I hugged an answered prayer last night. It is an "amazing grace" story that has encouraged me to continue even more boldly in a practice I've employed for several years.
Through the years I have noticed that waiters and waitresses are often mistreated and misrespected by the people they serve. I have seen people, even Christians, be embarrassingly rude to the person who takes their order, fills their tea glass, and delivers their meals.
I have a chosen the opposite path. If these human beings are going to be the targets of rudeness by other human beings on a regular basis, then I want to be a positive part of their day to help overshadow some of the negatives. At first, I started with simple acts of kindness and a little humor to let them know I wasn't going to be a problem customer. I also tip generously and unconditionally.
Another common practice of mine is to pray before each meal. Whether I am at a restaurant with family and friends or at my desk unwrapping a bologna sandwich, I pause to give thanks.
At some point, I started combining these two practices. I don't remember when, but one day, after my waitress took my order, I called her by name (thanks to the name tag) and told her we were going to have prayer before our meal and we would like to pray for her. I asked her if she had any specific needs. She gave a nervous answer, smiled, thanked me, and went to her next task, and I prayed for her.
I've been doing that ever since. I've made a few friends along the way in the restaurants I visit frequently. It has blessed me to pray for them. It has blessed them to have someone see them as a real person with real needs. On a side note, it is amazing how great the service is when you treat people with compassion and respect. Please don't do it for that reason or it will ruin the real blessing.
I have a long list of fantastic responses from waiters and waitresses that I could share with you, but I want to tell you what happened that resulted in last night's answered-prayer-hug.
The Lord called me to serve as pastor of Lake Fork Baptist Church in east Texas in November of last year. Shortly after God called us here, the church staff and their families invited us out to eat following a Sunday evening service. There is a restaurant right around the corner from the church. As usual, after the waitress came to our table and took our order, I asked her if she had any prayer requests.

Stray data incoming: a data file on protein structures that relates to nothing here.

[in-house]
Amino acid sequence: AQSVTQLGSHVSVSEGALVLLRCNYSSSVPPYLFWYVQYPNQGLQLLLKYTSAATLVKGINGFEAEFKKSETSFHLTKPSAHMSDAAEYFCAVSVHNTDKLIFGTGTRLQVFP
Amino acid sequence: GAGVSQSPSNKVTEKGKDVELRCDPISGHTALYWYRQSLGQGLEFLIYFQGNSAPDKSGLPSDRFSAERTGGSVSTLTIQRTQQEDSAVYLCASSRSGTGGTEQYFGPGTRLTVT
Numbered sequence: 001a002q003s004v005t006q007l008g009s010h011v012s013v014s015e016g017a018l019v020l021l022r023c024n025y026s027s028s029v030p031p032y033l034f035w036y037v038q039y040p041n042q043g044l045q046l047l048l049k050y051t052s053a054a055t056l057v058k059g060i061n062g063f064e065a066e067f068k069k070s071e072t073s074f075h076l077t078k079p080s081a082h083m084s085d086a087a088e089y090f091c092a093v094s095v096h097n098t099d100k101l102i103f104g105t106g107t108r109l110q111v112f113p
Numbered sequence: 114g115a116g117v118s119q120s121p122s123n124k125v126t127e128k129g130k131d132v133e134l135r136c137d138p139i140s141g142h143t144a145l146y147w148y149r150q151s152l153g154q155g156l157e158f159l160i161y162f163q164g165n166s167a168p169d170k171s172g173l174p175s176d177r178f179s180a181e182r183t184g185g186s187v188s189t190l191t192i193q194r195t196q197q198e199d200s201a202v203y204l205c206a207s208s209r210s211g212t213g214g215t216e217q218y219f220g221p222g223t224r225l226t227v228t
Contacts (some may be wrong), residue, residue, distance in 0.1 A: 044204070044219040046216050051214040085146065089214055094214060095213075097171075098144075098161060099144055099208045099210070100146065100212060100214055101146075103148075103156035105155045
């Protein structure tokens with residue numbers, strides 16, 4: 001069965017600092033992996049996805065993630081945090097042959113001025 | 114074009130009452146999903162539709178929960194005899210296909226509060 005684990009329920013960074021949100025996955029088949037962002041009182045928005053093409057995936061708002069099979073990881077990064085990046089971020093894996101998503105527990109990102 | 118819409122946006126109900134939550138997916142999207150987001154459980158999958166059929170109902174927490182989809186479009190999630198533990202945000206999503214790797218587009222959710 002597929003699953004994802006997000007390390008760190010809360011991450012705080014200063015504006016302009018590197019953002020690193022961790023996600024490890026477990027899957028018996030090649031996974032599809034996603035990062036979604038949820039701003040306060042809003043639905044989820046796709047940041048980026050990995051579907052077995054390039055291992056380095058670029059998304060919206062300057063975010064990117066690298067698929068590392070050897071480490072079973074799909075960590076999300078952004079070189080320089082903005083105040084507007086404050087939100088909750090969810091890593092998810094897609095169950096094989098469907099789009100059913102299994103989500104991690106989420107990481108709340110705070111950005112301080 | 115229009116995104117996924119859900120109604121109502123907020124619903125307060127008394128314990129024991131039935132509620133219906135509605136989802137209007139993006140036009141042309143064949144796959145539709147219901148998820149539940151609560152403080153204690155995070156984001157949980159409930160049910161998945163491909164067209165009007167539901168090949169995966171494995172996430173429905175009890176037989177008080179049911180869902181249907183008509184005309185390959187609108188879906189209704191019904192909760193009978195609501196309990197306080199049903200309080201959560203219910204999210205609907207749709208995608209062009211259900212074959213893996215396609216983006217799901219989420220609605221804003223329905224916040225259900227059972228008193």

She hesitated. Then she held back tears as she asked us to pray for her brother. She didn't go into any personal details, but the rest of the staff knew the young man and knew a little about his needs. Her request for prayer for her brother stuck with me. She was sincere. She smiled and thanked us. We prayed for him by name. That was ten months ago.
For ten months, every time I've entered that restaurant and seen that waitress, I've been reminded to pray for her brother, not knowing who he was...until last night.
After our Wednesday night services were over and we were standing around talking, one of my deacons tapped me on the shoulder and said, "I want you to meet someone who just met my best friend." I introduced myself to the young man and hugged him. He had that smile on his face that Jesus gives people right after He moves into their hearts.
My deacon told me the young man's name, but nothing registered. It's a common name. But the wife of our worship leader was looking at me funny. She had that wide-eyed look that indicated to me there was more to the story than I realized. She whispered into my ear, "Do you remember that time right after you came here that we went out to eat and you asked the waitress if she had any prayer needs, and she asked us to pray for her brother?"
I love it when the light comes on! Instantly, I had an "A-ha!" moment. This was him! I turned back to the young smiling man and said, "Young man, I prayed for you long before I ever met you." I told him the story. We hugged again. That hug was sweeter than the one before because I was hugging an answered prayer.
I'm encouraged to continue asking waitresses and cashiers and anyone else God puts in my path if they have a prayer need. There's nothing like hugging the neck of an answered prayer.
When you go to a restaurant, do yourself a favor. After they take your order, take theirs.